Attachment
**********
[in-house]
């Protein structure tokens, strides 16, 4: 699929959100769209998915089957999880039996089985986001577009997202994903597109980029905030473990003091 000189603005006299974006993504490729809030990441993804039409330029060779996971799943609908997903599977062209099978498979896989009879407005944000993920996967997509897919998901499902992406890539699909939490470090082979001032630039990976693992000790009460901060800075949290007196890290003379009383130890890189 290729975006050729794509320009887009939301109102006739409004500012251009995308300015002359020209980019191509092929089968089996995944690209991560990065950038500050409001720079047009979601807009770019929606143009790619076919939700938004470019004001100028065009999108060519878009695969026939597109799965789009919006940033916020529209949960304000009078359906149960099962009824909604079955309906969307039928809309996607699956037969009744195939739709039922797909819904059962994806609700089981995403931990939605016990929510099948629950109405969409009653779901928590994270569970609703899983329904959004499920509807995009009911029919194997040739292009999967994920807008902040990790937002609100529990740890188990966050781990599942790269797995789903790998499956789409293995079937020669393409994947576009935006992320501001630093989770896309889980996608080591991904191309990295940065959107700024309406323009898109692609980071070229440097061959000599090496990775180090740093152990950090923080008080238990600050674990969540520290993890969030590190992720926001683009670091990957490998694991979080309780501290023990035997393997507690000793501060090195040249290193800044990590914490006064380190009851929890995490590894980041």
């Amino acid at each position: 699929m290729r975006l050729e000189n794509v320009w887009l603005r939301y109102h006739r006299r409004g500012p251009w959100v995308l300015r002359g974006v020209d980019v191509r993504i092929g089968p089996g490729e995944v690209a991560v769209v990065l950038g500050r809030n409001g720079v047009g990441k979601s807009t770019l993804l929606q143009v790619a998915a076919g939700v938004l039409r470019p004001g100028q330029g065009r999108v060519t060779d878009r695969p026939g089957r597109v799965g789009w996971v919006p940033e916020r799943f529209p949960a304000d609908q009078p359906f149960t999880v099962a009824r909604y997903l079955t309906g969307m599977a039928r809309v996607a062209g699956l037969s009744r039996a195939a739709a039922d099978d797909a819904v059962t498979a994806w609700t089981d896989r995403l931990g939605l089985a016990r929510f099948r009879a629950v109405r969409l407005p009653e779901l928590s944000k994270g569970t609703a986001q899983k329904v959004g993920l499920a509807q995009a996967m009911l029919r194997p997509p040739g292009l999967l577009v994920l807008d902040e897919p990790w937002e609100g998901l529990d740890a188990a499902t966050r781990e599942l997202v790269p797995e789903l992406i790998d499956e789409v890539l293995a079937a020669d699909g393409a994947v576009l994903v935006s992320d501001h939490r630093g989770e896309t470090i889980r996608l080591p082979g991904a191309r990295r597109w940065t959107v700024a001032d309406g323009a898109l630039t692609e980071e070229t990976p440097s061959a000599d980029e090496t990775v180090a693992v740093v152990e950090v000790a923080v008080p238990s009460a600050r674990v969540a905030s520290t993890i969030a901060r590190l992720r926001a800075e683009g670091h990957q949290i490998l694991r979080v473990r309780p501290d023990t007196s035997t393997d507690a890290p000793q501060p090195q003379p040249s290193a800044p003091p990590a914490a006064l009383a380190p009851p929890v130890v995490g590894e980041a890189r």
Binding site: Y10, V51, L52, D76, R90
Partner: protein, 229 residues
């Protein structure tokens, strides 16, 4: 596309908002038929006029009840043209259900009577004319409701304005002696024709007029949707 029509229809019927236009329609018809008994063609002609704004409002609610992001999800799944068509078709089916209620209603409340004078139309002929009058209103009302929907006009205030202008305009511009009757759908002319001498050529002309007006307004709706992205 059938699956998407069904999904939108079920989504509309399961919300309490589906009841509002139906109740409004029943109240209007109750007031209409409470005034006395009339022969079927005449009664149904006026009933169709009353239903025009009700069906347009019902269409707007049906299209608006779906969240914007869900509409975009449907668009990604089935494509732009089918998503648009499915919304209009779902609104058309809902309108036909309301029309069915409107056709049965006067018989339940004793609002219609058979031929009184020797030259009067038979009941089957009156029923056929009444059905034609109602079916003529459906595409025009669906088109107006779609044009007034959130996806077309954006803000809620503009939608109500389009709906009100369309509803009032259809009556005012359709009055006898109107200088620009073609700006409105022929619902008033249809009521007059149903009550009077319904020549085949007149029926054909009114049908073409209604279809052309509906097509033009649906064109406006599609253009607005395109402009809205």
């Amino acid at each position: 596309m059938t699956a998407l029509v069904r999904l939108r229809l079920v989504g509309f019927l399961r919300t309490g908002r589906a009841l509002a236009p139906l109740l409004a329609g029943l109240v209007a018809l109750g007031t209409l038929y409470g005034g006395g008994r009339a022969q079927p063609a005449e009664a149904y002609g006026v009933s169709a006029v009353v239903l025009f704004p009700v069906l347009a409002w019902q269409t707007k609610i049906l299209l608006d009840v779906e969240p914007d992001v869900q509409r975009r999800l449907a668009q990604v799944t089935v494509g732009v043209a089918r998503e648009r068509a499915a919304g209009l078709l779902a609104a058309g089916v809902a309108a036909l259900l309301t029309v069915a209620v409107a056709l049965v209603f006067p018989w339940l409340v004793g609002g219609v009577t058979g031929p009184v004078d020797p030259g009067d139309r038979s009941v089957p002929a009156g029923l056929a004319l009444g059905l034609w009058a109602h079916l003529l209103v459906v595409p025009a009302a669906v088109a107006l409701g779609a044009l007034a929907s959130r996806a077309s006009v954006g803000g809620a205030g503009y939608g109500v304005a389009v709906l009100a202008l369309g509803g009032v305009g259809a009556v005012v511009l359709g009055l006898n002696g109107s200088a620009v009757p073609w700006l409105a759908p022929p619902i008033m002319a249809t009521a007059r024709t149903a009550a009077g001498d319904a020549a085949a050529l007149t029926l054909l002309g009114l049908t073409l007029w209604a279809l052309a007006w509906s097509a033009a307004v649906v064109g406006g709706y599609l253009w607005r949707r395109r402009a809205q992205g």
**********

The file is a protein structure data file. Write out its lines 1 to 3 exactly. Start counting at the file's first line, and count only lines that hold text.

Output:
[in-house]
């Protein structure tokens, strides 16, 4: 699929959100769209998915089957999880039996089985986001577009997202994903597109980029905030473990003091 000189603005006299974006993504490729809030990441993804039409330029060779996971799943609908997903599977062209099978498979896989009879407005944000993920996967997509897919998901499902992406890539699909939490470090082979001032630039990976693992000790009460901060800075949290007196890290003379009383130890890189 290729975006050729794509320009887009939301109102006739409004500012251009995308300015002359020209980019191509092929089968089996995944690209991560990065950038500050409001720079047009979601807009770019929606143009790619076919939700938004470019004001100028065009999108060519878009695969026939597109799965789009919006940033916020529209949960304000009078359906149960099962009824909604079955309906969307039928809309996607699956037969009744195939739709039922797909819904059962994806609700089981995403931990939605016990929510099948629950109405969409009653779901928590994270569970609703899983329904959004499920509807995009009911029919194997040739292009999967994920807008902040990790937002609100529990740890188990966050781990599942790269797995789903790998499956789409293995079937020669393409994947576009935006992320501001630093989770896309889980996608080591991904191309990295940065959107700024309406323009898109692609980071070229440097061959000599090496990775180090740093152990950090923080008080238990600050674990969540520290993890969030590190992720926001683009670091990957490998694991979080309780501290023990035997393997507690000793501060090195040249290193800044990590914490006064380190009851929890995490590894980041």
């Amino acid at each position: 699929m290729r975006l050729e000189n794509v320009w887009l603005r939301y109102h006739r006299r409004g500012p251009w959100v995308l300015r002359g974006v020209d980019v191509r993504i092929g089968p089996g490729e995944v690209a991560v769209v990065l950038g500050r809030n409001g720079v047009g990441k979601s807009t770019l993804l929606q143009v790619a998915a076919g939700v938004l039409r470019p004001g100028q330029g065009r999108v060519t060779d878009r695969p026939g089957r597109v799965g789009w996971v919006p940033e916020r799943f529209p949960a304000d609908q009078p359906f149960t999880v099962a009824r909604y997903l079955t309906g969307m599977a039928r809309v996607a062209g699956l037969s009744r039996a195939a739709a039922d099978d797909a819904v059962t498979a994806w609700t089981d896989r995403l931990g939605l089985a016990r929510f099948r009879a629950v109405r969409l407005p009653e779901l928590s944000k994270g569970t609703a986001q899983k329904v959004g993920l499920a509807q995009a996967m009911l029919r194997p997509p040739g292009l999967l577009v994920l807008d902040e897919p990790w937002e609100g998901l529990d740890a188990a499902t966050r781990e599942l997202v790269p797995e789903l992406i790998d499956e789409v890539l293995a079937a020669d699909g393409a994947v576009l994903v935006s992320d501001h939490r630093g989770e896309t470090i889980r996608l080591p082979g991904a191309r990295r597109w940065t959107v700024a001032d309406g323009a898109l630039t692609e980071e070229t990976p440097s061959a000599d980029e090496t990775v180090a693992v740093v152990e950090v000790a923080v008080p238990s009460a600050r674990v969540a905030s520290t993890i969030a901060r590190l992720r926001a800075e683009g670091h990957q949290i490998l694991r979080v473990r309780p501290d023990t007196s035997t393997d507690a890290p000793q501060p090195q003379p040249s290193a800044p003091p990590a914490a006064l009383a380190p009851p929890v130890v995490g590894e980041a890189r």